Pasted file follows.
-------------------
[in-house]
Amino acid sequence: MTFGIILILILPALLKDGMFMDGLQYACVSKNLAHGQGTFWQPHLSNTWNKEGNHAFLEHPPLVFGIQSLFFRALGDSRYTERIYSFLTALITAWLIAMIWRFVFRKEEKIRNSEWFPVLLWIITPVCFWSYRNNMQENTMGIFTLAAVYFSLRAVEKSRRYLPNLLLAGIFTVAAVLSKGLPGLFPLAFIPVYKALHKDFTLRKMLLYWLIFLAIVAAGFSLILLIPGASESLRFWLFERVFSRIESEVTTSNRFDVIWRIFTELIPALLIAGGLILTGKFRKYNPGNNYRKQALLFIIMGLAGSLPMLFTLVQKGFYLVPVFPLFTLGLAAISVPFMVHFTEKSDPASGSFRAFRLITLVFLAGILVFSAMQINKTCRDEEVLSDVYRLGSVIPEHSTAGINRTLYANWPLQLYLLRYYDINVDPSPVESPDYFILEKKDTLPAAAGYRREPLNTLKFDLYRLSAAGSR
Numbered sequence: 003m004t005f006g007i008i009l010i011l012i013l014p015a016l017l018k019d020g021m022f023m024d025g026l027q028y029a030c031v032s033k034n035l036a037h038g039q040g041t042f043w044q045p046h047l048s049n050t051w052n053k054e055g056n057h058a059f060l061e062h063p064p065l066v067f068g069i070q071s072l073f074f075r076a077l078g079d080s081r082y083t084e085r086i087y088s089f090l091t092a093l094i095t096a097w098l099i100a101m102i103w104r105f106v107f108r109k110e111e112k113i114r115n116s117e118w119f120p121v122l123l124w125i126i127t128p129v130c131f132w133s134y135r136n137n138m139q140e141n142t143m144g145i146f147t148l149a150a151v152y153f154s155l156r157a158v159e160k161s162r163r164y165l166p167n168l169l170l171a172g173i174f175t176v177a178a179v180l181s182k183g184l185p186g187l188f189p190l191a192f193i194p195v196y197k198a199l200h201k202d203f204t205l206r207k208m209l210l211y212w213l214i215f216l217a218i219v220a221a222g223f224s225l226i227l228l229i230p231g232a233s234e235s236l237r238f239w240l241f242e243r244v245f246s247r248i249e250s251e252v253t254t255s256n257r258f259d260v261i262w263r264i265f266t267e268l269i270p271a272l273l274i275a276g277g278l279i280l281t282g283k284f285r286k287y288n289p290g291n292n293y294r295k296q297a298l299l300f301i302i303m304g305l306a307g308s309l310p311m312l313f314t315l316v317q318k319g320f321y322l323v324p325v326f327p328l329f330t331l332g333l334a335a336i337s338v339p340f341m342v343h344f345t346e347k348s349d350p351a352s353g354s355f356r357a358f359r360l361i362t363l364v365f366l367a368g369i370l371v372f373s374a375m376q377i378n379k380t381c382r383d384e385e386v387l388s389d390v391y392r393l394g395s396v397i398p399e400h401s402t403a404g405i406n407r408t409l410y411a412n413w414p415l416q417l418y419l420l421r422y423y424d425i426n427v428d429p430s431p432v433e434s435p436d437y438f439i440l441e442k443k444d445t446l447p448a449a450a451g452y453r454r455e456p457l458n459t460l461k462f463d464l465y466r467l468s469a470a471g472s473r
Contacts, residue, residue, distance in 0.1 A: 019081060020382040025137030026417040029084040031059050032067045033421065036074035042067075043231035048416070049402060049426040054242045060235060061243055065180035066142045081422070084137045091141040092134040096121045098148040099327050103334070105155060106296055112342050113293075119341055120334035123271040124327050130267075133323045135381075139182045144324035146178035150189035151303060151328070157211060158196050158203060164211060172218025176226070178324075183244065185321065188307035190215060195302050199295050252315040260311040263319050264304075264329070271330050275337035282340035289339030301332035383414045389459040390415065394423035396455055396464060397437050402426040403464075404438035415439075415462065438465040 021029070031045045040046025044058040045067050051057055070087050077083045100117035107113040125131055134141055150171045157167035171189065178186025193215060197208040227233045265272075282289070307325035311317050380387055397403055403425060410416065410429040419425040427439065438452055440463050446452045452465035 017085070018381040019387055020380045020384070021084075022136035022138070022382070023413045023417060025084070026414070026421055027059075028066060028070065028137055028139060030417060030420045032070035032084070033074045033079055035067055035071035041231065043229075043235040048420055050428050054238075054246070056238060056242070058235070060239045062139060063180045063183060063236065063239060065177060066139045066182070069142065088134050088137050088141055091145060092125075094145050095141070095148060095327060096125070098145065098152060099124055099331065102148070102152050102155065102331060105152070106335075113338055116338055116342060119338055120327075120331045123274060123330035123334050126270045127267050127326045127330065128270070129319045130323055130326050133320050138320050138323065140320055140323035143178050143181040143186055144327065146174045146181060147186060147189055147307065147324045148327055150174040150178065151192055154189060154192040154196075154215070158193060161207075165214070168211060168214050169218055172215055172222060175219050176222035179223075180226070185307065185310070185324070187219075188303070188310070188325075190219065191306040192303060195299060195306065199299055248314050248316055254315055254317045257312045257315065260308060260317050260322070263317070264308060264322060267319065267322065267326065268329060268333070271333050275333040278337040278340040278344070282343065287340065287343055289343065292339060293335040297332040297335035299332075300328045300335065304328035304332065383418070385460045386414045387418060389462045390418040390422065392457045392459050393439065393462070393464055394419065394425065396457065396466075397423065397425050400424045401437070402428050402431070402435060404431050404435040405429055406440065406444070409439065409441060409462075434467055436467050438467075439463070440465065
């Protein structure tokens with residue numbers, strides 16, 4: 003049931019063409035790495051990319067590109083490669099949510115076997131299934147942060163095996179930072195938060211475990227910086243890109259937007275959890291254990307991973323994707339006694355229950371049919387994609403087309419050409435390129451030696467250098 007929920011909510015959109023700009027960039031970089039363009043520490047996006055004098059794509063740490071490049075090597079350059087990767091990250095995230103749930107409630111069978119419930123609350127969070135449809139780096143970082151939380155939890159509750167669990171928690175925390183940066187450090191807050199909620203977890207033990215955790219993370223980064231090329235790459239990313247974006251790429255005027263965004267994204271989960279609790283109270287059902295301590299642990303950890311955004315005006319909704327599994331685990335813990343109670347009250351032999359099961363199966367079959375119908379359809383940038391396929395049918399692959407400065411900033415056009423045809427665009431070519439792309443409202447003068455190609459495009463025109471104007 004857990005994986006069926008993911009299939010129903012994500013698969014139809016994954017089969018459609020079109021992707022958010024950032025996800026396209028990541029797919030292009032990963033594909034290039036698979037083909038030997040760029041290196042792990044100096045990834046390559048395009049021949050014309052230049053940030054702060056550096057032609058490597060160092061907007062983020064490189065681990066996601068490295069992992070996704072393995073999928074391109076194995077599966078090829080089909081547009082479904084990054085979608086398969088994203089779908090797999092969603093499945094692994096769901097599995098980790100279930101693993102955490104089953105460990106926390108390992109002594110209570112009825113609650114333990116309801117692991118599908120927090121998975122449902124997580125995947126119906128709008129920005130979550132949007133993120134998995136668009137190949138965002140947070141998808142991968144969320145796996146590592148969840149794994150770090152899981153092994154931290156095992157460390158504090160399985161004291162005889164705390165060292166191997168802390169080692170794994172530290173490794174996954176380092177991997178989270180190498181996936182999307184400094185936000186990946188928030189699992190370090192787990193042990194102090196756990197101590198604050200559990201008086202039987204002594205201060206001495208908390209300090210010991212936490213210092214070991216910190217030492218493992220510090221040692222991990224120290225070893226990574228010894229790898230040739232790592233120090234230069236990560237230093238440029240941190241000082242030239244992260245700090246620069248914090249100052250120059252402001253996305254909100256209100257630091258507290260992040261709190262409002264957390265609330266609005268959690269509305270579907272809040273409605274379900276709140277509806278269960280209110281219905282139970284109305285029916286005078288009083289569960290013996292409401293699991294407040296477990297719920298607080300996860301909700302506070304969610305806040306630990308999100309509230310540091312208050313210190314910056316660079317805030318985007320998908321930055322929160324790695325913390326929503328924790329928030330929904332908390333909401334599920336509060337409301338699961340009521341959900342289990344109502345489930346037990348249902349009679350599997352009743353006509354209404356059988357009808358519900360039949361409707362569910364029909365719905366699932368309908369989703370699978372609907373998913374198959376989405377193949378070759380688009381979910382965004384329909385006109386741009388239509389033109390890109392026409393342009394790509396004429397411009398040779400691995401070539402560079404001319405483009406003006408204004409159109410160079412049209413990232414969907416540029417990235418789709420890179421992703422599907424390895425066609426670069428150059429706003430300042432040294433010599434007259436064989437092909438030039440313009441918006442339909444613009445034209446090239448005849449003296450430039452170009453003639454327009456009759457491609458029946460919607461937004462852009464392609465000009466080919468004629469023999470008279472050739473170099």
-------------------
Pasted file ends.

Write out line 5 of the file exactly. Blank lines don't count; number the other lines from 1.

């Protein structure tokens with residue numbers, strides 16, 4: 003049931019063409035790495051990319067590109083490669099949510115076997131299934147942060163095996179930072195938060211475990227910086243890109259937007275959890291254990307991973323994707339006694355229950371049919387994609403087309419050409435390129451030696467250098 007929920011909510015959109023700009027960039031970089039363009043520490047996006055004098059794509063740490071490049075090597079350059087990767091990250095995230103749930107409630111069978119419930123609350127969070135449809139780096143970082151939380155939890159509750167669990171928690175925390183940066187450090191807050199909620203977890207033990215955790219993370223980064231090329235790459239990313247974006251790429255005027263965004267994204271989960279609790283109270287059902295301590299642990303950890311955004315005006319909704327599994331685990335813990343109670347009250351032999359099961363199966367079959375119908379359809383940038391396929395049918399692959407400065411900033415056009423045809427665009431070519439792309443409202447003068455190609459495009463025109471104007 004857990005994986006069926008993911009299939010129903012994500013698969014139809016994954017089969018459609020079109021992707022958010024950032025996800026396209028990541029797919030292009032990963033594909034290039036698979037083909038030997040760029041290196042792990044100096045990834046390559048395009049021949050014309052230049053940030054702060056550096057032609058490597060160092061907007062983020064490189065681990066996601068490295069992992070996704072393995073999928074391109076194995077599966078090829080089909081547009082479904084990054085979608086398969088994203089779908090797999092969603093499945094692994096769901097599995098980790100279930101693993102955490104089953105460990106926390108390992109002594110209570112009825113609650114333990116309801117692991118599908120927090121998975122449902124997580125995947126119906128709008129920005130979550132949007133993120134998995136668009137190949138965002140947070141998808142991968144969320145796996146590592148969840149794994150770090152899981153092994154931290156095992157460390158504090160399985161004291162005889164705390165060292166191997168802390169080692170794994172530290173490794174996954176380092177991997178989270180190498181996936182999307184400094185936000186990946188928030189699992190370090192787990193042990194102090196756990197101590198604050200559990201008086202039987204002594205201060206001495208908390209300090210010991212936490213210092214070991216910190217030492218493992220510090221040692222991990224120290225070893226990574228010894229790898230040739232790592233120090234230069236990560237230093238440029240941190241000082242030239244992260245700090246620069248914090249100052250120059252402001253996305254909100256209100257630091258507290260992040261709190262409002264957390265609330266609005268959690269509305270579907272809040273409605274379900276709140277509806278269960280209110281219905282139970284109305285029916286005078288009083289569960290013996292409401293699991294407040296477990297719920298607080300996860301909700302506070304969610305806040306630990308999100309509230310540091312208050313210190314910056316660079317805030318985007320998908321930055322929160324790695325913390326929503328924790329928030330929904332908390333909401334599920336509060337409301338699961340009521341959900342289990344109502345489930346037990348249902349009679350599997352009743353006509354209404356059988357009808358519900360039949361409707362569910364029909365719905366699932368309908369989703370699978372609907373998913374198959376989405377193949378070759380688009381979910382965004384329909385006109386741009388239509389033109390890109392026409393342009394790509396004429397411009398040779400691995401070539402560079404001319405483009406003006408204004409159109410160079412049209413990232414969907416540029417990235418789709420890179421992703422599907424390895425066609426670069428150059429706003430300042432040294433010599434007259436064989437092909438030039440313009441918006442339909444613009445034209446090239448005849449003296450430039452170009453003639454327009456009759457491609458029946460919607461937004462852009464392609465000009466080919468004629469023999470008279472050739473170099």